TSP or IRA: What’s Best for Your Retirement Plan?
Updated: Apr 27, 2020
One of the most important actions you can do for your financial health is to invest for your retirement. You may receive a military pension, but is that really how you want to live? Or would you prefer a little glamour in your heydays?
That’s what I thought. And that’s why it’s important to invest for your retirement now.
So, the question is, which investment vehicle is best for your situation: A Thrift Savings Plan (TSP) or IRA?
If you’re thinking Cool story bro, but I have no idea what you’re talking about, fear not! I gotchu.
IRA = Individual Retirement Account
There are two main types of Individual Retirement Accounts (IRAs): Traditional and Roth
#1. Traditional IRA: A traditional IRA is a way to save for retirement that gives you tax advantages. Contributions you make to a traditional IRA may be fully or partially deductible, depending on your circumstances, and amounts in your traditional IRA (including earnings and gains) are not taxed until distributed. Basically, you get a bit of a tax break now and don’t pay until you withdraw the money when you retire, but there are stiff penalties for early withdrawal.
#2. Roth IRA: Roth IRAs are non-deductible, which means you use post-tax money to fund your account. The amount you can contribute to a Roth IRA changes periodically, but in 2020, the contribution limit is $6,000 a year (unless you are over 50 which is up to $7,000/yr).The distributions (including earnings and gains) withdrawn when you reach retirement age are tax exempt because you already paid taxes on the money before you invested it. It’s kind of nice because of the tax free withdrawals in retirement. The money you have in the account is yours. Period. No doing the math in your head trying to figure out what your actual payout will be. (Sidenote: There are stiff penalties for withdrawing early on this one, too).
TSP = Thrift Savings Plan
Thrift Savings Plan: The Thrift Savings Plan is the same premise as a 401k, and like a Traditional IRA, money is contributed prior to taxes being withdrawn, so the money will be taxed when it is withdrawn at retirement age.
The maximum annual TSP contribution limit is set at $19,500 for 2020 and like IRAs, penalties may also be incurred for early withdrawal.
Where the TSP differs from IRAs is that in some circumstances, the money contributed may be eligible for a government match. However, this benefit is much more common for federal government employees than for military members because members of the military can make tax free TSP contributions with money earned while deployed to tax free zones and the funds can be tax free in retirement age. However, the earnings from the tax exempt funds will be taxable, but the principle won’t be.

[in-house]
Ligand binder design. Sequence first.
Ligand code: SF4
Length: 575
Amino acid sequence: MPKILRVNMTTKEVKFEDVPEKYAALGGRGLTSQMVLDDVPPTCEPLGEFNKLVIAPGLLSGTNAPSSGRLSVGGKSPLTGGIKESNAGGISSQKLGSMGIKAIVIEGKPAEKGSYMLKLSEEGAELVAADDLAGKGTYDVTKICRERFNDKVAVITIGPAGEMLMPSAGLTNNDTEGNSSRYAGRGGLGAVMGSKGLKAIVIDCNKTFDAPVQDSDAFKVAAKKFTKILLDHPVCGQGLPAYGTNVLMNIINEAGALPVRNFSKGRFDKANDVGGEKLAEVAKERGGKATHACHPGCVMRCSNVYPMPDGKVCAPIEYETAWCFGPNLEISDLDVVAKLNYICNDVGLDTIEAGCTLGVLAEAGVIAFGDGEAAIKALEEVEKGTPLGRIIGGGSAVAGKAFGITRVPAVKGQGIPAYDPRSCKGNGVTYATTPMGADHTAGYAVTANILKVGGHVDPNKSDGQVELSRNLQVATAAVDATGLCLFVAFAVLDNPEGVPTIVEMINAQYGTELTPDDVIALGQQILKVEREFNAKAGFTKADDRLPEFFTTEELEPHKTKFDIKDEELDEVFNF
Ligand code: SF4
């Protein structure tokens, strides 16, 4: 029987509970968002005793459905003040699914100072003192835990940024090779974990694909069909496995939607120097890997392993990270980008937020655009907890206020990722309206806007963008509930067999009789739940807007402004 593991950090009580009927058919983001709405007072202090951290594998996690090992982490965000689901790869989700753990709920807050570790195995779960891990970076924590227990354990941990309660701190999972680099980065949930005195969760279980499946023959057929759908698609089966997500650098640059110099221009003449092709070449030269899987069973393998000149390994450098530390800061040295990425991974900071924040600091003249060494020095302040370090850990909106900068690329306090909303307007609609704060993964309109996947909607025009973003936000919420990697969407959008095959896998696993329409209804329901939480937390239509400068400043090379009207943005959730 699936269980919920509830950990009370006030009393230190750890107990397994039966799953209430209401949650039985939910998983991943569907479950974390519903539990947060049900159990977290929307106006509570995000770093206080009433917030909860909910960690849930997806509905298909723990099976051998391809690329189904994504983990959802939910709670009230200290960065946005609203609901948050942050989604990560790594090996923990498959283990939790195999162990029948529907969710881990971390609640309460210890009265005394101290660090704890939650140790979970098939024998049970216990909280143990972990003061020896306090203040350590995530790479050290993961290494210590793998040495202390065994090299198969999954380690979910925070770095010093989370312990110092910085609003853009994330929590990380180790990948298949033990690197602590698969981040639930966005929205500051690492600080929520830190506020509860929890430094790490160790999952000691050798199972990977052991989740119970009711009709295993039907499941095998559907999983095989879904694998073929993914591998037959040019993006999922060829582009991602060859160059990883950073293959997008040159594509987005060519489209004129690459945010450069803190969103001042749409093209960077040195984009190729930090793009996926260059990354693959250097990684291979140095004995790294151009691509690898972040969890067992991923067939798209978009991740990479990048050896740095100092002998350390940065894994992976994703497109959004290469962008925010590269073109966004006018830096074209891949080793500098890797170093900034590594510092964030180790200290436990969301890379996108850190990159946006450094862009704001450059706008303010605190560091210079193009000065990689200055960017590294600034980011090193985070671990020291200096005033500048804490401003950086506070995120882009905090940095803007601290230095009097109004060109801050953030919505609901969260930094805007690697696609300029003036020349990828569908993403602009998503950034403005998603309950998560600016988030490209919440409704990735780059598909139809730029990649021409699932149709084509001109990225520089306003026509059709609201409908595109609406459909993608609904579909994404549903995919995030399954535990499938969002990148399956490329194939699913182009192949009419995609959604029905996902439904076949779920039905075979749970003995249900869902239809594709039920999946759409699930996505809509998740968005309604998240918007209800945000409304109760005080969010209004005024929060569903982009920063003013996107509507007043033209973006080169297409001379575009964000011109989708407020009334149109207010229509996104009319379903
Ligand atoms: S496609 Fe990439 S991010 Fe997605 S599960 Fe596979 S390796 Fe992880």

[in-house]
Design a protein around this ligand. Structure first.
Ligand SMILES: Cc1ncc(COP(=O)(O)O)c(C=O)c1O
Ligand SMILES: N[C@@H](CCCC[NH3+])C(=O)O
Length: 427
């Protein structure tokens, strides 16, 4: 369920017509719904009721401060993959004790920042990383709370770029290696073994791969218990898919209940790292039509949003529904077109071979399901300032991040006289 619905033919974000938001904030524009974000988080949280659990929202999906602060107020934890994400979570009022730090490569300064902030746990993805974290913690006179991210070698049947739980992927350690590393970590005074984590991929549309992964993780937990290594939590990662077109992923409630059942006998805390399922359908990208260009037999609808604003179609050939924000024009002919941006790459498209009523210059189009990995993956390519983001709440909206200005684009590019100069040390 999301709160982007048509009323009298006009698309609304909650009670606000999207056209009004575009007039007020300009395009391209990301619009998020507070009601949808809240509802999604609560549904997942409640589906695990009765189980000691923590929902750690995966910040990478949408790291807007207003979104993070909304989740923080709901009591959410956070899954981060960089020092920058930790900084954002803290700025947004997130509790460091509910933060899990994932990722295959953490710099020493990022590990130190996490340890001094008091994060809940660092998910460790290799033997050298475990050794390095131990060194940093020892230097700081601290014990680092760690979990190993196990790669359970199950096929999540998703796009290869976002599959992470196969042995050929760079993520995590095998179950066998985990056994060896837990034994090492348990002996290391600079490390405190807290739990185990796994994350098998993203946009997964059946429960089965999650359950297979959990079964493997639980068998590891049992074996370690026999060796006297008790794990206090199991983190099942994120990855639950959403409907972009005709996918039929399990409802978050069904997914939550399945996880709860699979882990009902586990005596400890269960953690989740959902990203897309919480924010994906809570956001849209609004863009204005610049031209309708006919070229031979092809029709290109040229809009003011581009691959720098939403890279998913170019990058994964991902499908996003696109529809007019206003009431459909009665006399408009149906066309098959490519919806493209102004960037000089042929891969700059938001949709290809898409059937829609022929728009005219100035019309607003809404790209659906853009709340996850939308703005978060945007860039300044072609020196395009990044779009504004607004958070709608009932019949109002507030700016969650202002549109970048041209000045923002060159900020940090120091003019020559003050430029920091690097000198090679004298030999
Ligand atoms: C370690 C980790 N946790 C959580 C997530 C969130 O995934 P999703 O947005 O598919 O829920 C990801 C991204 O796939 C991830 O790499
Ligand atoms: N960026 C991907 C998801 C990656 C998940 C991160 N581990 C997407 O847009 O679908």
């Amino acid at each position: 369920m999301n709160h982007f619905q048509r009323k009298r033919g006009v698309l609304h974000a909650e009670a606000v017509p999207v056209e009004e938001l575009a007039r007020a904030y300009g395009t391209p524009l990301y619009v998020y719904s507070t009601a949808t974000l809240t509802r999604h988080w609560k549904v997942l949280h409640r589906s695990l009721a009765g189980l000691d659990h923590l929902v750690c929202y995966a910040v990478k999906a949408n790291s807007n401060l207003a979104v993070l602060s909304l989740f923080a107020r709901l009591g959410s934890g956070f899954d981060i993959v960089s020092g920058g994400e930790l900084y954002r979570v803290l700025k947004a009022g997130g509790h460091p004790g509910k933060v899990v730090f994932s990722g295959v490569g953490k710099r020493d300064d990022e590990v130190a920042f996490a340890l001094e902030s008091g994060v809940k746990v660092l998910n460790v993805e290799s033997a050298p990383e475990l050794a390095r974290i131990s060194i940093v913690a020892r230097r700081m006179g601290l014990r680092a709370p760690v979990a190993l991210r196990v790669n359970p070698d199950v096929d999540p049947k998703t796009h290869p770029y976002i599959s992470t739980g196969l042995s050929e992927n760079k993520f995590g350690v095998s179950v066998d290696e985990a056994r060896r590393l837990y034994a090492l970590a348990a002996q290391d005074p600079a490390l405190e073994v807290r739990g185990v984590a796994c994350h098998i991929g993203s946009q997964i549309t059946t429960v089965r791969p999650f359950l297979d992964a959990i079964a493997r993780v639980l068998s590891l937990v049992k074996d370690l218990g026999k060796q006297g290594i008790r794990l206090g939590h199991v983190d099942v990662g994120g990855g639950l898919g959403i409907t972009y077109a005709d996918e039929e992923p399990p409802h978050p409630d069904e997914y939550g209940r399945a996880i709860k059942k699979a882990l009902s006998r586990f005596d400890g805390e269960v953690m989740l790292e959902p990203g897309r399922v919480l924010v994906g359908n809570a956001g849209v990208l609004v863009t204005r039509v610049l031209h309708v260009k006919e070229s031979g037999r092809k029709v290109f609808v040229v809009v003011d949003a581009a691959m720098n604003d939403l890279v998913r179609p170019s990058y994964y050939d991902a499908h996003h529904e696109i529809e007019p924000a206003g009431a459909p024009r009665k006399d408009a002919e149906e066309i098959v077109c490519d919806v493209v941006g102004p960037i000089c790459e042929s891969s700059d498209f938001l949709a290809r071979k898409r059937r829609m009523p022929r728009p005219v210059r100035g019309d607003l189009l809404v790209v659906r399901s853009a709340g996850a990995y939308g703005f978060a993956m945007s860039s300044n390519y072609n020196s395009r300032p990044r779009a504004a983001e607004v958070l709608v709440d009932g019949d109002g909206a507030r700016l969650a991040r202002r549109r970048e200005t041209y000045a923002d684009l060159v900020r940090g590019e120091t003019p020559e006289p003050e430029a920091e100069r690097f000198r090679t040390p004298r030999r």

Military members can also deposit any percentage of special or bonus pay, like Hazardous Duty Pay or Imminent Danger Pay. Look under the balance of your TSP account and there will be a line that says “Your Tax Exempt Balance” to find out if you have any tax exempt funds in your account.
So Which One?
Well, with IRAs, everything is up to you and there’s a lot of flexibility in where to invest i.e. funds, stocks, bonds, ETFs, etc. You can open an IRA at almost any financial institution and easily set up auto-deposit, which also makes the account easy to manage. However, the downside is that all the responsibility lies with you to find investments, which isn’t for everyone.
The TSP has way less options. The limited assortment of funds to choose from are 5 main funds that track major market indexes and 5 Lifecycle Funds which automatically allocate funds in different proportions based on your retirement date. But it’s easy to manage, and the fees are very low. It just lacks flexibility, if that’s what you want.
I’d recommend that military members first max out a Roth IRA because you’re most likely not getting a match for the TSP and this gives you some tax free retirement income. If you still have investment funds for your retirement after that, then I would recommend investing in the TSP.
However, there are two cases in which I’d recommend the TSP. If you are one of the few that are eligible for a TSP match, that’s a different story, do the TSP. The other is if you’re deployed to a tax free zone. Since your pay is non-taxable to begin with, when you contribute it to a TSP, you’re not paying any taxes on that money at all (just the gains will be taxed), so go for the TSP as well!